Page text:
Andrew L. Bennett's answer What violations were you cited for as a result of accident? You can expect that your license will at some point be suspended by the BMV for failure to provide proof of insurance and likely will have to pay approximately $1000.00 in reinstatement fees to the BMV for no insurance. In court if you admit liability there will also be fine and court costs and possible suspension of license by the court. You should consult with a local attorney to see what other options are available in the county...
Alexander Florian Steciuch's answer A settlement agreement isn't binding until it is signed. A 'proposed' settlement agreement is just that, 'proposed.' The plaintiff doesn't have to comply with the terms of the agreement because there is no agreement yet.
If the plaintiff is not responding, move forward with trial proceedings. Court deadlines are usually a good way to get someone's attention.
Alexander Florian Steciuch's answer It sounds like your landlord is attempting to avoid eviction with you by renegotiating your lease agreement, which is perfectly legal. You are under no obligation to agree to her new terms. If you do not agree to her new terms she must still honor your lease agreement have to evict you.
However, having an eviction on your record can be a black mark that makes other landlords uncomfortable to rent to you. If you want to stay in the house, negotiate with your landlord.
Assuming you are the restaurant in this case, if its true it is not defamation. Let's say for the sake of argument that this wasn't true. What are your damages in this situation? The post was up for only two hours. Can you prove you suffered any harm or damages in this situation?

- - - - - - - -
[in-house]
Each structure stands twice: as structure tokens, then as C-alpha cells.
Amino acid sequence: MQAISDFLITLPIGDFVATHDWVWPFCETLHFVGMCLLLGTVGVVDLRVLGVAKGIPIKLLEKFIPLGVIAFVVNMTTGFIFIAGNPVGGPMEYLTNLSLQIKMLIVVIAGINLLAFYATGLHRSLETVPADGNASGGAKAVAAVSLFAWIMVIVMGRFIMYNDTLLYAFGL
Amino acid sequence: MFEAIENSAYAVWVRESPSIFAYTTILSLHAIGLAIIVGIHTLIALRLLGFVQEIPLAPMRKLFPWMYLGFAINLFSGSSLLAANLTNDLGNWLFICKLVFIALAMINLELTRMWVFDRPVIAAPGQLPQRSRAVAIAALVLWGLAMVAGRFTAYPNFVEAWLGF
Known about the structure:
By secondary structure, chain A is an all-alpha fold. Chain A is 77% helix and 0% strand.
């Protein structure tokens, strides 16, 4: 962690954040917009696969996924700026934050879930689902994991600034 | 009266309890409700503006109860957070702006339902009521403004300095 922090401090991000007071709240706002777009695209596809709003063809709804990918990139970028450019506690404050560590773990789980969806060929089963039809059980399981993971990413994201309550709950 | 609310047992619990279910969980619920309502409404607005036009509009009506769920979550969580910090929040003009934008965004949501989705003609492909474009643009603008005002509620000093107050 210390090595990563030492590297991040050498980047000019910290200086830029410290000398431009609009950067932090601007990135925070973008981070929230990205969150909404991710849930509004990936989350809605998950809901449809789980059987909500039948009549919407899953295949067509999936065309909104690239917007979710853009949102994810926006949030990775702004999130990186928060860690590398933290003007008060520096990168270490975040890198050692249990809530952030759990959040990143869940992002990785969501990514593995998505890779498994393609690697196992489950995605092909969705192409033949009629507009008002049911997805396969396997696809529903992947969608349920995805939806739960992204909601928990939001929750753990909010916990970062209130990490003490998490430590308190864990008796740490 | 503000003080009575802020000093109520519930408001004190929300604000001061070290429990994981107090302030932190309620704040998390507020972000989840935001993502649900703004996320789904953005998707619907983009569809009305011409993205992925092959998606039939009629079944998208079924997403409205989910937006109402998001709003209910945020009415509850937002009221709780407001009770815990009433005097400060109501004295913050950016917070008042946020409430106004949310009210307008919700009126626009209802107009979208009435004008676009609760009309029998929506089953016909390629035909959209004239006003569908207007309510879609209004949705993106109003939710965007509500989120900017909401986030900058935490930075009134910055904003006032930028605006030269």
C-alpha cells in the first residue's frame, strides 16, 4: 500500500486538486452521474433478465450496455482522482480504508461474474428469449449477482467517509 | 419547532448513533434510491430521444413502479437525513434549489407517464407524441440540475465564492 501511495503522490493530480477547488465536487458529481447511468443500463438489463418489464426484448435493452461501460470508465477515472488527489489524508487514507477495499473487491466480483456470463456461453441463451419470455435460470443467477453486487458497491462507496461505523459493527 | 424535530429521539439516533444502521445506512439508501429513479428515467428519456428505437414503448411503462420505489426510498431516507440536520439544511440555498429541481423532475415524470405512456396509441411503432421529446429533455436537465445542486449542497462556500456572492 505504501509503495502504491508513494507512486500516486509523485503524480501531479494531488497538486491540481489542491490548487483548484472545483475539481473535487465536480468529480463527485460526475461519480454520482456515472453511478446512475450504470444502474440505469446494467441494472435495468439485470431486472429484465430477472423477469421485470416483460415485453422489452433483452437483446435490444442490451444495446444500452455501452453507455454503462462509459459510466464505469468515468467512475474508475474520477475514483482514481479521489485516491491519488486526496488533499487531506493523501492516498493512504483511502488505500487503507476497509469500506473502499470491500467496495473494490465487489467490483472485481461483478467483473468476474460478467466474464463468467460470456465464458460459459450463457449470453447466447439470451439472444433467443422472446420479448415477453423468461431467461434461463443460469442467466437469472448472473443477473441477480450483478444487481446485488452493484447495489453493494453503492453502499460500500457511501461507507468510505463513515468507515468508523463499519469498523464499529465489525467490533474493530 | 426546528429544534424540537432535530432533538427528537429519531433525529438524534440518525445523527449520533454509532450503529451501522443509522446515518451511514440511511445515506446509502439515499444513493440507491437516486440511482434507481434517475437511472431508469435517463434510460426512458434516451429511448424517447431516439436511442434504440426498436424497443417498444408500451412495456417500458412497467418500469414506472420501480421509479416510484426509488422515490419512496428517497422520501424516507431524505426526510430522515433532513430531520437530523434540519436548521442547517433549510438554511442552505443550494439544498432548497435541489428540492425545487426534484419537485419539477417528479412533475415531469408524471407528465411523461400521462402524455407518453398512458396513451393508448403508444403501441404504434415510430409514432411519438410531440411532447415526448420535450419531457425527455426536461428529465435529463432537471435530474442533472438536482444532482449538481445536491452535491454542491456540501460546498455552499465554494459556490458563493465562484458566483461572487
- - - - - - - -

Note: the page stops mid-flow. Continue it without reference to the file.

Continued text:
Alexander Florian Steciuch's answer You need to hire a child custody lawyer ASAP. If your ex is continuing to make false accusations and uses those accusations to prevent you from seeing your children against the court order but you cannot make a contempt charge stick then you need professional advice to figure out what is going wrong. Parents do not get to unilaterally decide to withhold visitation or custody rights.
Alexander Florian Steciuch's answer Most definitely. Since the amount is rather low, you should most likely file in a Small Claims court where the limit for recovery is $6,000. Go to your local courthouse, visit the Small Claims clerk desk and ask for the proper form. The filing fee will probably be $125 or so but it varies from county to county. That will include the filing fee and service on the other party. Be sure to have the information of the other party, including their correct name and address. You will get a court date....
Alexander Florian Steciuch's answer If you and your son have been bitten by the same dog more than once I'm confused as to why the dog has not been seized by the city and put down, especially if it has been deemed vicious and dangerous.
Did your neighbor pay for your family's medical bills after you were bitten? The owner of a dog is responsible for the damage that his or her dog causes. You should consult with a personal injury attorney in your area, specifically one that handles dog bites. If you want your neighbor to...